Labour in cross-party bid to avoid no-deal Brexit

Share

He insisted he was not aiming for no-deal, but said the Government had to show it was serious about leaving if it was to stand any chance of securing concessions from the EU.

"I don't think that we will end up with any such thing, but it is only responsible to prepare vigorously and seriously for no-deal. I will hit the ground running and engage in friendliest possible way with friends across channel". The Conservative Party is looking for a replacement as PM and prominent among the list of contenders to succeed her is former foreign secretary Boris Johnson.

"I think if we now block it, collectively as parliamentarians we will reap the whirlwind and we will face mortal retribution from the electorate".

Asked if he could be trusted, Johnson said he could.

However, Chancellor Philip Hammond said he was in danger of boxing himself "into a corner", warning the European Union would not re-open negotiations on Theresa May's Withdrawal Agreement.

He warned that failure would see the ruling Conservatives lose at the next election to leftist leader Jeremy Corbyn's Labour party.

If passed the motion would have would allowed MPs to take control of the House of Commons agenda - which is normally in the hands of the Government - on Tuesday, June 25.

But he is also one of its most divisive, accused of lying in the Brexit campaign, making embarrassing policy gaffes and drawing criticism for derisory comments about ethnic minorities and gay people.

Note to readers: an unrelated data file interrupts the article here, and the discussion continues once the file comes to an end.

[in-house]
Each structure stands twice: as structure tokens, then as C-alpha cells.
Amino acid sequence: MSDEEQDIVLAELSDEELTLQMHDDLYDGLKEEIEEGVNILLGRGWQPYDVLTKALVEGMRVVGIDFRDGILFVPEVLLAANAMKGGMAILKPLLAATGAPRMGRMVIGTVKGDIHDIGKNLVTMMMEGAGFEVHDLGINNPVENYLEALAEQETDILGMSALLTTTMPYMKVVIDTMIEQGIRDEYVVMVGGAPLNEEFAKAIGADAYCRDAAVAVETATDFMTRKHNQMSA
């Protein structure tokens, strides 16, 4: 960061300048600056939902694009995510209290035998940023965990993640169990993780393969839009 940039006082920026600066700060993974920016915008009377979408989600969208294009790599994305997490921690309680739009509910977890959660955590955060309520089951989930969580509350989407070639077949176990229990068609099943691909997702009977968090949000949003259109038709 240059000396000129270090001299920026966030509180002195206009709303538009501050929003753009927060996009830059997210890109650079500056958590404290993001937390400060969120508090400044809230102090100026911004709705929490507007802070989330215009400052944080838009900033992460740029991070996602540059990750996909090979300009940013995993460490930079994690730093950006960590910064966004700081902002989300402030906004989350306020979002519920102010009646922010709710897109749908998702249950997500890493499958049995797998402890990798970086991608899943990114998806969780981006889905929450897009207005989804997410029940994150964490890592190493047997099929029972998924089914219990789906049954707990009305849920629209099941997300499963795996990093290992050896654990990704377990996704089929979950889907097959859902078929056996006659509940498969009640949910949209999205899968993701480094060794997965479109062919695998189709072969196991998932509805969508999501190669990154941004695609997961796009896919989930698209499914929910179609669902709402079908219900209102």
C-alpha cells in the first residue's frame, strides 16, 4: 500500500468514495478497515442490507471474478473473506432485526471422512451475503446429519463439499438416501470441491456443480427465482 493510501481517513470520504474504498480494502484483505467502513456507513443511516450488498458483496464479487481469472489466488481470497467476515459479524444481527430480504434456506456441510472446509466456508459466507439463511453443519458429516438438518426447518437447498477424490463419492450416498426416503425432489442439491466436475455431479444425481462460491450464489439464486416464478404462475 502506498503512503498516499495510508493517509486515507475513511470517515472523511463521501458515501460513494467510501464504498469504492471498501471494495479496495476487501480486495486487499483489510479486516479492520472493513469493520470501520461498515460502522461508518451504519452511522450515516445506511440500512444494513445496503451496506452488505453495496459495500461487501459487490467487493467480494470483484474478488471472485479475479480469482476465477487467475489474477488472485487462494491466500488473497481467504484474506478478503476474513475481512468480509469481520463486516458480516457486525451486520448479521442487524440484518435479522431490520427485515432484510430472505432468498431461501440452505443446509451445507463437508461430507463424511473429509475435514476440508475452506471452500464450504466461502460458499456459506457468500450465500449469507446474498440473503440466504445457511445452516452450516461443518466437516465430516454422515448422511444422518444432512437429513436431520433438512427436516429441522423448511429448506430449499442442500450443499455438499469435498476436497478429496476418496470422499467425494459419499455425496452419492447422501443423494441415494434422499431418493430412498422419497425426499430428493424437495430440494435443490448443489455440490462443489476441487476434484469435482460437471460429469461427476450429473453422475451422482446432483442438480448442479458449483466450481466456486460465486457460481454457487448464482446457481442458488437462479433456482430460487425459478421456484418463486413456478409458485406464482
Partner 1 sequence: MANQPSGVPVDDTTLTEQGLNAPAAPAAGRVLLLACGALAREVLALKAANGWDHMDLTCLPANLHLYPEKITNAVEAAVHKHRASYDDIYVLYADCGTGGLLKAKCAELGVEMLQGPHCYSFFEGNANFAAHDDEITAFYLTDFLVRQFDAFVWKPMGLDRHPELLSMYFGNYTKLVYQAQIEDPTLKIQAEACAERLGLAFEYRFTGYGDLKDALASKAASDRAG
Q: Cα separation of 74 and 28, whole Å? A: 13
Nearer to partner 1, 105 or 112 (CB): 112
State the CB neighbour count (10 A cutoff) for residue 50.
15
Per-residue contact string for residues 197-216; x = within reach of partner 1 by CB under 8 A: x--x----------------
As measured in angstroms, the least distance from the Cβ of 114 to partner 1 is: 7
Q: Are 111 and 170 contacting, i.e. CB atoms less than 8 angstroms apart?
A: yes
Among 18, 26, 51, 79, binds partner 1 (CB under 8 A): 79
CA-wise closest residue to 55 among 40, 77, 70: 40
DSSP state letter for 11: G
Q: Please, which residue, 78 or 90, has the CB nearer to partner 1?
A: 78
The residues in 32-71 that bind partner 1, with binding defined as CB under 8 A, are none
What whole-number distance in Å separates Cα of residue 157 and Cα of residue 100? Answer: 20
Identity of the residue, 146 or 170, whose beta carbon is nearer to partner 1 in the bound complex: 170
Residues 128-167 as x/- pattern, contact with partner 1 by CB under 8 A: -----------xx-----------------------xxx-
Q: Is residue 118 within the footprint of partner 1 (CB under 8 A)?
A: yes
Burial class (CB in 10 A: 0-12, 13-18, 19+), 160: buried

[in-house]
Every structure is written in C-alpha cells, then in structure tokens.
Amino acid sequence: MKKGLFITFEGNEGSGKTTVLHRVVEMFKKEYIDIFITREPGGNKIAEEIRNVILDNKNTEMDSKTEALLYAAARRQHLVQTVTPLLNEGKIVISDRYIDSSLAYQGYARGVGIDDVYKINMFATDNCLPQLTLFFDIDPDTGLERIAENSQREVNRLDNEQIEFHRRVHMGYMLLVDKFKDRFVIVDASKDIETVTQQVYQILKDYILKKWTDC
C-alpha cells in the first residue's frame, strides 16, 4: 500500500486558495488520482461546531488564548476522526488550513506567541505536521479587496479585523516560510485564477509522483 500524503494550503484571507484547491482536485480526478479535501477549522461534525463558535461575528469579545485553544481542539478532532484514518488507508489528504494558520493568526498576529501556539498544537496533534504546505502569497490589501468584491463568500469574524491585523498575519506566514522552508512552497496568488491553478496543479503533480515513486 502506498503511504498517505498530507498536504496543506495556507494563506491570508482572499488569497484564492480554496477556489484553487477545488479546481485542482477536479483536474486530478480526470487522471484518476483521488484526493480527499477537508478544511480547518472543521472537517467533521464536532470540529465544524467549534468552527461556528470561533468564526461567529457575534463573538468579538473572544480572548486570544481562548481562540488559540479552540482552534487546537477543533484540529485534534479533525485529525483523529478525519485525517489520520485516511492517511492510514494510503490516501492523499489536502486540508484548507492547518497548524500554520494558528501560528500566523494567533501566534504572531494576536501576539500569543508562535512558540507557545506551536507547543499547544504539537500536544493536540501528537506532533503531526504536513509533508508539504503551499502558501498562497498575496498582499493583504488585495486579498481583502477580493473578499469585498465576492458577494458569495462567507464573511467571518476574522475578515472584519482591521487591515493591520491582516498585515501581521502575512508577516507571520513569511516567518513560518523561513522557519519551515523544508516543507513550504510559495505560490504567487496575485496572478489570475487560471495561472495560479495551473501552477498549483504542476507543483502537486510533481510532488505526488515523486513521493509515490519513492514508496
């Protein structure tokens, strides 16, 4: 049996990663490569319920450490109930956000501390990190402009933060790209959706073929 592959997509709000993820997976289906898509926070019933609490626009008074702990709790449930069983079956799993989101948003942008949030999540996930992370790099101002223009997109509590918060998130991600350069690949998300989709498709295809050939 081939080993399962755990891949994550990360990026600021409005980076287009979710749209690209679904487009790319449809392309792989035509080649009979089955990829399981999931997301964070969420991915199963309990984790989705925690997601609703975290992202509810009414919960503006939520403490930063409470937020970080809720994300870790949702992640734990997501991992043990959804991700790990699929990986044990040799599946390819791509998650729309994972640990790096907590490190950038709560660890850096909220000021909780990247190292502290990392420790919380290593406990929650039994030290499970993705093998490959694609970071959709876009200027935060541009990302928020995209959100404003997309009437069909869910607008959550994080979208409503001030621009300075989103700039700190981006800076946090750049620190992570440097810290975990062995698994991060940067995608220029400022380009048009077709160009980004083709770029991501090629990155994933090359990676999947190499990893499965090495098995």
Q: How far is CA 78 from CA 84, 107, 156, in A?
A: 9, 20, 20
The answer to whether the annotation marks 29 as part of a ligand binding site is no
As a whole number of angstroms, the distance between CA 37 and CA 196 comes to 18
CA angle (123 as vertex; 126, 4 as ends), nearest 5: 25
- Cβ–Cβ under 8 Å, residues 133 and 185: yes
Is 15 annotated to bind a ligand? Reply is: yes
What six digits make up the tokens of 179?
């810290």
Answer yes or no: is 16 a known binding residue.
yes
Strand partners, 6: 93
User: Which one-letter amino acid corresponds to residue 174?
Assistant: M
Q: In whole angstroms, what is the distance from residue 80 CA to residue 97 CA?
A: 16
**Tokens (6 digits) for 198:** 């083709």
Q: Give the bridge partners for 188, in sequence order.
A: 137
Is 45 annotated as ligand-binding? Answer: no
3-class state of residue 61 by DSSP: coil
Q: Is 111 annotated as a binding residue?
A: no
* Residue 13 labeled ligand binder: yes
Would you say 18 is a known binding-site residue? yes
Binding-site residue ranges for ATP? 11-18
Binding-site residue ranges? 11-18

"Instead, we have witnessed candidates openly advocating a damaging no-deal Brexit and even proposing dragging the Queen into politics by asking her to shut down Parliament to achieve this".

However he rejected past charges of untrustworthiness levelled at him by colleagues and rivals.

British lawmakers on Wednesday (June 12) defeated an attempt led by the opposition Labour Party to try to block a no-deal Brexit by seizing control of the parliamentary agenda from the government.

Labour sources admitted that there was concern that Tories who may be inclined to back the motion would instead remain loyal to the party line until a new leader had been chosen.

As the result was announced, Tory MPs cheered on the benches.

The Conservatives will whip against the motion, Number 10 confirmed on Wednesday, meaning ministers who oppose no deal would need to resign in order to support it. Theresa May's spokesman said it would set an "uncomfortable and troubling" precedent.

Share